My last blog post on the history and sociopolitical background of the Euromaidan crisis sets the stage for the argument I am planning to make here, which is the following: Russia is and has been implementing an expansionist foreign policy in which it directly seeks to expand its sphere of influence over select nations, solidifying control through economic, political, and even militaristic domination.
In the previous post I focused on Belarus. However, Russia plays this game in regions all along its borders. Chechnya comes to mind, but perhaps more important were Russian actions during the South Ossetia War of 2008. Russian naval, air, and land forces supported ethnic militias in military operations against Georgian forces on internationally recognized and sovereign Georgian territory. Although blame for the war and human rights violations during it rest on both sides rather equally, former Russian President Dmitry Medvedev spoke to Russian troops in 2008 saying, “If you…had faltered back in 2008, the geopolitical situation would be different now. And a number of countries which [NATO] tried to deliberately drag into the alliance, would have most likely already been part of it now.” (Source)
For that’s what it has always been about for the Kremlin: geopolitics. At Yalta, Stalin demanded a buffer zone of Soviet-occupied Eastern European nations. After 1991, Moscow dug its claws into fringe territories to prevent their loss. These claws have become sharper and longer with time, with Russia refocusing its foreign policy from direct confrontation the West to disruptive operations that prevent NATO and the EU from expanding into its strategic sphere.
For example, in 2010 the Russians received a 25 year extension on its lease of the Black Sea Fleet naval base in the Ukrainian city of Sevastopol. The Ukrainians received a 30% decrease in natural gas prices (valued at US$40 billion). A Ukrainian economic victory, but a strong Russian political victory; NATO membership prohibits the location of non-member military bases in member territory. An interesting analysis of the deal can be found here.
For years, Ukraine has traded long-term geopolitical power for short-term economic boosts. But now protesters are in the streets, standing firm against the harshest repression since Ukrainian independence. Twenty-six are dead, including police, after the most recent clashes. Hundreds are injured. Streets and government buildings burn. The European Union and the United States are developing stances and sanctions, all while the Russians watch in horror as years of pressure and planning, seemingly at fruition this November, crumble under the weight of the people.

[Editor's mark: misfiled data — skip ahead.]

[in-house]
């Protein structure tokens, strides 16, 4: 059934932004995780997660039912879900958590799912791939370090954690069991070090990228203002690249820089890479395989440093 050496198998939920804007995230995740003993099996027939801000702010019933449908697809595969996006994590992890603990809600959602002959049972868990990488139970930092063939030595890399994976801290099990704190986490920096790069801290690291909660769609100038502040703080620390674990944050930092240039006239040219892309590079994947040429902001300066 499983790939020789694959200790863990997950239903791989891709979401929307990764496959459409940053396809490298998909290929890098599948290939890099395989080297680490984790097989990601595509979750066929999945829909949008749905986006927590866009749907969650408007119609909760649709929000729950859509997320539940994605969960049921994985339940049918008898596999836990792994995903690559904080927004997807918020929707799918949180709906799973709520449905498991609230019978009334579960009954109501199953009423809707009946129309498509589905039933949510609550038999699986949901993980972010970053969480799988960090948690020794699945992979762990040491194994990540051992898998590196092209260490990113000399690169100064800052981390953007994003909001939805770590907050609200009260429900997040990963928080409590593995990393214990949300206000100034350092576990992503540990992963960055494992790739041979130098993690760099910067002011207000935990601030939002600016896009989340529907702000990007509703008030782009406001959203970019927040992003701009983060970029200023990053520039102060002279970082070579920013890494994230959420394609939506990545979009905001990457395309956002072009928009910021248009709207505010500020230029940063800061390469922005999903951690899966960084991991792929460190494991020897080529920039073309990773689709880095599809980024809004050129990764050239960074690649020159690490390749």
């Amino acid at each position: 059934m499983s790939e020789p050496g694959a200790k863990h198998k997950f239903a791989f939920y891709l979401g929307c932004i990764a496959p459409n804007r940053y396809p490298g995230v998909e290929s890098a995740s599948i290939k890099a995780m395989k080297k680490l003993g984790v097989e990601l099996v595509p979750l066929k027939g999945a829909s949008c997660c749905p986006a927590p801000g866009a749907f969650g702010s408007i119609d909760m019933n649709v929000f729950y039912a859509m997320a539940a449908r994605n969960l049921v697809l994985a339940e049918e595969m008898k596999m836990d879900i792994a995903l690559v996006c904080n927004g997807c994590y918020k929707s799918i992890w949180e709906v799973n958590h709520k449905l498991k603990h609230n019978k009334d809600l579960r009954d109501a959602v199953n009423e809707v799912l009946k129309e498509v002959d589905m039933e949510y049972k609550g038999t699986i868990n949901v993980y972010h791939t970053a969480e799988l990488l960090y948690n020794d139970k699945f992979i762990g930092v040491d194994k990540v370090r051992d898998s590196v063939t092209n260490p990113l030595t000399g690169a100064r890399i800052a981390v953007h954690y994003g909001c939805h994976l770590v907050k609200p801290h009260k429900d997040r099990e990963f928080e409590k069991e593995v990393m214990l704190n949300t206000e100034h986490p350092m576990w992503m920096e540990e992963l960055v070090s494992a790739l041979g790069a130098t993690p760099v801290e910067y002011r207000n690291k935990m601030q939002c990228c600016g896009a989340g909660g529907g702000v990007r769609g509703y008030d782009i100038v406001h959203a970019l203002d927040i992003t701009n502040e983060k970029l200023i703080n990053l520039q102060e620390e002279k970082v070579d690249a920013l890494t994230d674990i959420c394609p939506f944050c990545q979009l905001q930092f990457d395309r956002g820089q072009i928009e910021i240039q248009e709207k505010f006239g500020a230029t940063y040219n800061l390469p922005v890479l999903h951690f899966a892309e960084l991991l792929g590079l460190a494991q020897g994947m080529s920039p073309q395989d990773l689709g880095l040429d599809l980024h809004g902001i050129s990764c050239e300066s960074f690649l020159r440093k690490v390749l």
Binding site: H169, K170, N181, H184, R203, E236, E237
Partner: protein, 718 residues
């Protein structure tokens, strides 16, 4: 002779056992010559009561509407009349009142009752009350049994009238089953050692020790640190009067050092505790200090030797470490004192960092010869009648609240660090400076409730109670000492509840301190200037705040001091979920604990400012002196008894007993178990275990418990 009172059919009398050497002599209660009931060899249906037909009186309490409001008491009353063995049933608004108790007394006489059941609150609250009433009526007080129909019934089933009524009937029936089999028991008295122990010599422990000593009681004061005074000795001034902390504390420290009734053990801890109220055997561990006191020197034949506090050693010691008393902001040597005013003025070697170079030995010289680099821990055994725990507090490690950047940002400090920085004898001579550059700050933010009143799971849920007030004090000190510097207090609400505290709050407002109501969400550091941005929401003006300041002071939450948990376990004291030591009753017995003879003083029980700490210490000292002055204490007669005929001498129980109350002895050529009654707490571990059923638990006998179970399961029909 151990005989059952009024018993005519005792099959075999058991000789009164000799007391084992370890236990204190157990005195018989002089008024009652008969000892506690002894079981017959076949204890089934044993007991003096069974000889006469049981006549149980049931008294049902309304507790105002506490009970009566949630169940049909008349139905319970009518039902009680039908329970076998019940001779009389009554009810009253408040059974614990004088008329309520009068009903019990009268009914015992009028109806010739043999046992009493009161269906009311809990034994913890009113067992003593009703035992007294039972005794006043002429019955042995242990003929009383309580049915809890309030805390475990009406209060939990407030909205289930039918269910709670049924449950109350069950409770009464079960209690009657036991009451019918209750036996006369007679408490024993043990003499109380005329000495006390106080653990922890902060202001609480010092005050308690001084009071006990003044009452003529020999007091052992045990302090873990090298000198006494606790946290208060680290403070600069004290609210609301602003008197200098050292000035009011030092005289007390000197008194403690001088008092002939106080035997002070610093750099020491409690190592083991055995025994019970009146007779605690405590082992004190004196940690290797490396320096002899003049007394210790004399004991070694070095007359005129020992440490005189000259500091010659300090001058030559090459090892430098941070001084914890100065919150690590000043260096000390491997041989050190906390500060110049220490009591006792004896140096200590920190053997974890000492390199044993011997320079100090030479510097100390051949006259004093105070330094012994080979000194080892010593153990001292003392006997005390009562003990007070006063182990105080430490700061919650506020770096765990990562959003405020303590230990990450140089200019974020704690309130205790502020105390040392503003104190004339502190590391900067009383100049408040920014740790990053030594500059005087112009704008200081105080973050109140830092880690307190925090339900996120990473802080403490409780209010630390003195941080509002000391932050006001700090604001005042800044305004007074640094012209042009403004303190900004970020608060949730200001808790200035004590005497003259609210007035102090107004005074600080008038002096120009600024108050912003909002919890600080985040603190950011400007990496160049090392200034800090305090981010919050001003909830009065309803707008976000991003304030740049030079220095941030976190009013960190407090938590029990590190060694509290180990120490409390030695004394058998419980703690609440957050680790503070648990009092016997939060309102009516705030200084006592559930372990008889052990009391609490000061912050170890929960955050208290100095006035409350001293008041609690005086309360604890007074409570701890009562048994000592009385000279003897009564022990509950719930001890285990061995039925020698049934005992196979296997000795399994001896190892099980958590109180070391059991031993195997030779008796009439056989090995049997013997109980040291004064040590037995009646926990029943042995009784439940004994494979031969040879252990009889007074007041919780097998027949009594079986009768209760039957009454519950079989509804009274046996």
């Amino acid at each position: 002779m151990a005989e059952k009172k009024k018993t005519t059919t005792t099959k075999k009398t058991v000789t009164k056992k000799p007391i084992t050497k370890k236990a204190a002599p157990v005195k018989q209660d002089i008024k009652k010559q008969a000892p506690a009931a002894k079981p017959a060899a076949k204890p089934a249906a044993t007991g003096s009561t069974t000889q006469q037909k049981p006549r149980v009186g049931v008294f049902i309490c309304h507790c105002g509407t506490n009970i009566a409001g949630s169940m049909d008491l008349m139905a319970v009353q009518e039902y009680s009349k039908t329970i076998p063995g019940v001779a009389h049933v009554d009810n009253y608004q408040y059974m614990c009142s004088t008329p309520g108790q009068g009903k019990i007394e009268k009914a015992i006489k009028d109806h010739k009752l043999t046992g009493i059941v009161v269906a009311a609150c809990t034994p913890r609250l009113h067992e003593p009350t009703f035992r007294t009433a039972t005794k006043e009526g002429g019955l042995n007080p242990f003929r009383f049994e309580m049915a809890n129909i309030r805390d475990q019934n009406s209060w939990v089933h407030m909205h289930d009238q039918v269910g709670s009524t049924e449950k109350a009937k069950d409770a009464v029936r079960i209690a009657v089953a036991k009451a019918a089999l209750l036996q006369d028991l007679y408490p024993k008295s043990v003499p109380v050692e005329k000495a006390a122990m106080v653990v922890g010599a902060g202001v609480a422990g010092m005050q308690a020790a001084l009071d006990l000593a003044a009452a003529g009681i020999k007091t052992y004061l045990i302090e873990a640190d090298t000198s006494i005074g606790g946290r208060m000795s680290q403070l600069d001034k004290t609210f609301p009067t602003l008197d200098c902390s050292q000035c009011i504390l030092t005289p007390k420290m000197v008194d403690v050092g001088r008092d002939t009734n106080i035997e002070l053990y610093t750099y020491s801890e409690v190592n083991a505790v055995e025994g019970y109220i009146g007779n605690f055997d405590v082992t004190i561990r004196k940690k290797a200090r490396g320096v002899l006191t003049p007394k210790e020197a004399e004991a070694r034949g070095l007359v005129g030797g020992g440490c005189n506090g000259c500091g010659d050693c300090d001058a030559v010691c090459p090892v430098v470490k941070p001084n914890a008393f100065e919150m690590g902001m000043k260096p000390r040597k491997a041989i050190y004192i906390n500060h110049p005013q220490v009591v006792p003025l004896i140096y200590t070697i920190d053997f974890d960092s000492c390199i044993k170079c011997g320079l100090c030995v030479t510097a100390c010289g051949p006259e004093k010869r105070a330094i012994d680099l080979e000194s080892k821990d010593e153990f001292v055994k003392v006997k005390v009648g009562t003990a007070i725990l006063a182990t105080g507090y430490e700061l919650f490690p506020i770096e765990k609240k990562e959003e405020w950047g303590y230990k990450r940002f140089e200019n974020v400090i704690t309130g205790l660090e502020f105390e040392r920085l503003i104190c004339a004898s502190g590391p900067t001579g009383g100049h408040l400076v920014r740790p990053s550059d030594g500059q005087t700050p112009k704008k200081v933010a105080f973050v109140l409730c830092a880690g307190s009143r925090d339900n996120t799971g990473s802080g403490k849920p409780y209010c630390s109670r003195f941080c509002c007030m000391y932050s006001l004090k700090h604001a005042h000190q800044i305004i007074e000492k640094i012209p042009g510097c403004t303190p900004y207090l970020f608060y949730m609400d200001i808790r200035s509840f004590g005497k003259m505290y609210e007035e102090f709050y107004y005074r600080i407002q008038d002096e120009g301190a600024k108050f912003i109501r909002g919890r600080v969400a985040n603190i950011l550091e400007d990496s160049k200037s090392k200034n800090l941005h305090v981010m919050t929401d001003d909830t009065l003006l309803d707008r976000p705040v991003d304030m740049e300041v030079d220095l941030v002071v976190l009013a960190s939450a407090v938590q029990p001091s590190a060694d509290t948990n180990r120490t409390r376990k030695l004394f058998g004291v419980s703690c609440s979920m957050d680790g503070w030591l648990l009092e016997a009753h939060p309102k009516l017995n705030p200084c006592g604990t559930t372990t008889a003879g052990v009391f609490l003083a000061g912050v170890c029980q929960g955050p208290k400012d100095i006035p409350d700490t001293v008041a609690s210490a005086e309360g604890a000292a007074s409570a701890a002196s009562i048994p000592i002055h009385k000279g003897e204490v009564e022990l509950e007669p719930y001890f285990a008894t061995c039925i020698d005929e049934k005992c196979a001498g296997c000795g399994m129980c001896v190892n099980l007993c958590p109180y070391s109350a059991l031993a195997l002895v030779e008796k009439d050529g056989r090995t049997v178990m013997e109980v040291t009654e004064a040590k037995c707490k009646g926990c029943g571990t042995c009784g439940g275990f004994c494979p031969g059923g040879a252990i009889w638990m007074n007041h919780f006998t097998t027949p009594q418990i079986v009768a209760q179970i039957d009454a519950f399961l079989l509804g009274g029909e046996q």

Russian expansion can possibly be stopped here and now. Ukrainian officials are being targeted by US and EU sanctions, encouraging the emergence of a pro-Western government following the crisis. Russian offers of financial support must be countered with European offers of economic support and political empowerment. If Ukraine is to be drawn into the European Union, Ukrainians in the eastern portion of the country must begin to believe that economic growth can come from the West. Culturally, socially, and economically, this will be a hard sell, especially in regions like the Crimea where tensions between ethnic Russians and nationalist Ukrainians run deep.
But time and again, Ukrainians have shown they will not let their democracy and their individual rights die. With Western support, this wave of democratic and pro-Western fervor can prove to be a turning of the tide in post-Soviet Russian foreign affairs. This time, Russian influence can be shrunk, Russian authoritarianism rolled back, and the geopolitics of the Russian buffer zone can be turned on its head. A perimeter of economic diversification and political liberalism can emerge in a region of high strategic value.
International relations realists call this dangerous; the last thing we want is a threatened Russia. Some have drawn parallels to the face-off over Syria, in which Russia played the spoiler until the world forgot (the Russians have a base there, too). But right now, Russian foreign policy is more vulnerable. A massive crack has appeared in the sphere, with the Russians hustling to repair it.
The last time the Russians built a wall it took forty-five years of hardship, politics, and resistance to tear it down. The people are speaking. It’s time the West listened.